Striking Gold in Beantown

By Jesse Barrera and Timothy Im

Barbecue in the Deep North

The inspiration to visit Blue Ribbon Barbecue was born about two weeks ago, when Jesse was sitting in Razor’s Barbershop in Somerville, getting the freshest of cuts from Drew, a bona fide magician with clippers. The topic of the local gastronomic scene came up in conversation, specifically the dearth of quality barbecue joints in the Boston-Cambridge area. If you’re a card-carrying carnivore, you’re probably aware of the problem, as a hankering for umami frequently goes unsatisfied in a city better known for calzones and lobster rolls. There’s Redbones in Davis Square, of course, which boasts packed dining rooms and long wait times every Friday and Saturday night, but any local will tell you that Redbones has gone downhill in the last few years. We sadly concur; the brisket is a little too dry, the baked beans a little too sweet, and the atmosphere a little too self-congratulatory, like an exclusive party where everyone is just happy to be there. Drew was aware of Redbones’ decline, and was ready with an alternative: Blue Ribbon in Arlington, just north of Cambridge. How does one get to Blue Ribbon, you may ask? Simple: Take the 77 bus north along Mass Ave almost to the end of the line. Hop out by the Stop and Shop, and there you are in slow-roasted heaven. Looking on a map, you’re probably further north than you’ve ever been in Boston, but at Blue Ribbon, you’ll feel like you’ve entered a little pocket of the Deep South.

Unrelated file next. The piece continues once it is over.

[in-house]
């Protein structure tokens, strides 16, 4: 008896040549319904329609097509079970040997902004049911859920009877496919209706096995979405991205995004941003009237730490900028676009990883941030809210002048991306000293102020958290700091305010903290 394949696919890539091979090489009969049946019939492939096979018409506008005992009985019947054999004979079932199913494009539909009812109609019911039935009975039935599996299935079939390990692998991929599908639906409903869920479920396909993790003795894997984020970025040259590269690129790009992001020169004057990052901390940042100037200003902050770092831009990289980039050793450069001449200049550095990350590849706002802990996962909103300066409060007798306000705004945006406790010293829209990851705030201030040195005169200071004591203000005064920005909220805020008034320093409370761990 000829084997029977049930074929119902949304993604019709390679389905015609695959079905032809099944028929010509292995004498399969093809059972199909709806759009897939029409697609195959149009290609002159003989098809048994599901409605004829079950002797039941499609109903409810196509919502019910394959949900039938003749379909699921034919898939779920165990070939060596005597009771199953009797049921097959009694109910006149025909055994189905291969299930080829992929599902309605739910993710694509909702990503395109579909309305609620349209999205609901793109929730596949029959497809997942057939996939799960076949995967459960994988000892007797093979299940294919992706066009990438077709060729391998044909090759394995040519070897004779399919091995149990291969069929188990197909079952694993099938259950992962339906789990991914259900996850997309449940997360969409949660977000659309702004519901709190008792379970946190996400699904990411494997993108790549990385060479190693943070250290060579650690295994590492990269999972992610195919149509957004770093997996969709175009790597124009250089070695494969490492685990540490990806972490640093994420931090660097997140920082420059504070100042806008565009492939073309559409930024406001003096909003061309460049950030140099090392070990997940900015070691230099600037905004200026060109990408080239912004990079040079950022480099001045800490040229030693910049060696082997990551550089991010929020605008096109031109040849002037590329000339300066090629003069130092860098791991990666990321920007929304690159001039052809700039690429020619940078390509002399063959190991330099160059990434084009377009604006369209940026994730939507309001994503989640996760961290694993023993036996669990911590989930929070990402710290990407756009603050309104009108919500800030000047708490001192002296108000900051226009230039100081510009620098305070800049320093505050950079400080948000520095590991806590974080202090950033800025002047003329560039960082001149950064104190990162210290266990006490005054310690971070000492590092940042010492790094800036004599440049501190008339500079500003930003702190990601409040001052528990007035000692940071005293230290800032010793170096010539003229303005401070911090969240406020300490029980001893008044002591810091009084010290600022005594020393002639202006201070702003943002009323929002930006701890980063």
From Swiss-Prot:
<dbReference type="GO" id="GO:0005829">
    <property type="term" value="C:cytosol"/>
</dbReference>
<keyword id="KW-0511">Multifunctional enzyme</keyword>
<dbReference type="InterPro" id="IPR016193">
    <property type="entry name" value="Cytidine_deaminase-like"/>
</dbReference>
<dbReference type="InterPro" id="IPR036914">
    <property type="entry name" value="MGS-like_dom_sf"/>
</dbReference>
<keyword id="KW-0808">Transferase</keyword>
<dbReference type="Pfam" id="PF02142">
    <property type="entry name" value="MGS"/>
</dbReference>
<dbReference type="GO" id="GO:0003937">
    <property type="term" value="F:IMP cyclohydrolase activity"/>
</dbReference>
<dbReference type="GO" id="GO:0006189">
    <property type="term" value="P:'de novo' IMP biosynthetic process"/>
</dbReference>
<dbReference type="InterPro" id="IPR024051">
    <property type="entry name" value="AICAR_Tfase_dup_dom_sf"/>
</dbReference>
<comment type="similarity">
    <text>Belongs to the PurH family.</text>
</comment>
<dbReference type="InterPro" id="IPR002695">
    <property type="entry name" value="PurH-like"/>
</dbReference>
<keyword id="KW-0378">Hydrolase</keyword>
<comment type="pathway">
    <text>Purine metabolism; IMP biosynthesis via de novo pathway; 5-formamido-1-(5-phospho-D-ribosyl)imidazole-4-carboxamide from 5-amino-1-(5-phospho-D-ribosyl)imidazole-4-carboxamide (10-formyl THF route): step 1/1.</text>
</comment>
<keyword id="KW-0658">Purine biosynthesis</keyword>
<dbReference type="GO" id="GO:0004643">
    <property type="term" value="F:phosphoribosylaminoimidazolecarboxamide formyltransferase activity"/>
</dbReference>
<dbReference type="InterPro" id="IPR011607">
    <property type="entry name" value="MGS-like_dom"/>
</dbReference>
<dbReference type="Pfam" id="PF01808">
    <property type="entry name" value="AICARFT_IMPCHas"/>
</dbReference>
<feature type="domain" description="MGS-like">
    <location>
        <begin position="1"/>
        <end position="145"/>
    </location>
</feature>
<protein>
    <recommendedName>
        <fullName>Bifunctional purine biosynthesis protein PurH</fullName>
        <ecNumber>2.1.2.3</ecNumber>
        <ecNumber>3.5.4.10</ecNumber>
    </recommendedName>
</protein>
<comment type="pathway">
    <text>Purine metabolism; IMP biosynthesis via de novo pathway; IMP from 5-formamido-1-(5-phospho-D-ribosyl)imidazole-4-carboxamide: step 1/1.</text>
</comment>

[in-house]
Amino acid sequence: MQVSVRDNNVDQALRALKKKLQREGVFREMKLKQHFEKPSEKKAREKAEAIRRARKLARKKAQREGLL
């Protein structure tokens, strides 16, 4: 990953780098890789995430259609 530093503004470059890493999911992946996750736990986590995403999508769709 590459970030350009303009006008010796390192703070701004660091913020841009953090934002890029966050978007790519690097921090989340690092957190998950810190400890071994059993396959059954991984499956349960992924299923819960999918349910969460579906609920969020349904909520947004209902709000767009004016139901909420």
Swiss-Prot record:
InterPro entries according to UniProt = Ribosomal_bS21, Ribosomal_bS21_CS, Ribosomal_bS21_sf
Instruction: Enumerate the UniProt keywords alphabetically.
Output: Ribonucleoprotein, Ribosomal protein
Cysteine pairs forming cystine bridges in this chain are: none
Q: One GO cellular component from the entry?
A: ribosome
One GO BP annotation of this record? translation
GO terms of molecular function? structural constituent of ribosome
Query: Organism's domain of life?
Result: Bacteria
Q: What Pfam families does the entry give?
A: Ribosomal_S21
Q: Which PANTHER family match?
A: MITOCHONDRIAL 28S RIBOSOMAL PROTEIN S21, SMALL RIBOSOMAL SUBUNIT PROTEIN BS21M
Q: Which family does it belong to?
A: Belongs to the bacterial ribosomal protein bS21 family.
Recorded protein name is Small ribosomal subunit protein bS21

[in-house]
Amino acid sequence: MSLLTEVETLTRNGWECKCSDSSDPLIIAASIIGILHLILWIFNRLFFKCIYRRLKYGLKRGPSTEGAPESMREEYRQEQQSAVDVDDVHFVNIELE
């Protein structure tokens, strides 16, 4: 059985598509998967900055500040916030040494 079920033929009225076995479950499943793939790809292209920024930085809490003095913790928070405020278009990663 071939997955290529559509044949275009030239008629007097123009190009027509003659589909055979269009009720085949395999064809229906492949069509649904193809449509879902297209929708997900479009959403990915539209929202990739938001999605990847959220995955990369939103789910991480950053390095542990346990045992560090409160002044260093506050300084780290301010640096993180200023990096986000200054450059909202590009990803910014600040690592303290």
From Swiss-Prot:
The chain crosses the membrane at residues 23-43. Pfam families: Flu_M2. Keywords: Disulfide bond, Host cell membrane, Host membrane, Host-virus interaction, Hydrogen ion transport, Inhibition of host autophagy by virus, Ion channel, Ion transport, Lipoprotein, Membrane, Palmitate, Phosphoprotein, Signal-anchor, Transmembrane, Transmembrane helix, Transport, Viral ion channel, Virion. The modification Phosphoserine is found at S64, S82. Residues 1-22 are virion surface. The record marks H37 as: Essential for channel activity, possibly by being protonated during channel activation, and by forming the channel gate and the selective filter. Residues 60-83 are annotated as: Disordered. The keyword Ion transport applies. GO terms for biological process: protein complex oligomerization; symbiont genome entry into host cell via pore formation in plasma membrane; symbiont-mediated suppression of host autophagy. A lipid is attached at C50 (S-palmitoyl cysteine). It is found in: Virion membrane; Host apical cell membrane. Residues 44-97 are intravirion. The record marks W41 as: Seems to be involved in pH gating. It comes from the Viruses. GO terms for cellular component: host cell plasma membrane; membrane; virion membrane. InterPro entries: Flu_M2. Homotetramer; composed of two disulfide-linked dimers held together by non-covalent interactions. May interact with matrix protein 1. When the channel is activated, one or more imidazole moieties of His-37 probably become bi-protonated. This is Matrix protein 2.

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Bronwyn: The Best of the Wurst

If you happen to be a fan of the tuba, you’ll love Bronwyn. The instrument features heavily in the house band at this trendy, German-themed gastropub, belching out a seemingly endless stream of what one can only assume were chart-toppers in 19th century Bavaria. From your seats in the teeming main dining room, you can’t make out the rest of the band, but judging from the trio of feathered fedoras bopping rhythmically, you conclude that it’s a three-piece: drums, piano, and tuba. Everyone in that dining room knows who the star is, though. Occasionally the drummer goes rogue, kicking off a new song with a funky, modern beat, and the room’s collective ear perks up, but along comes the tuba every time, restoring a festive order to the proceedings.

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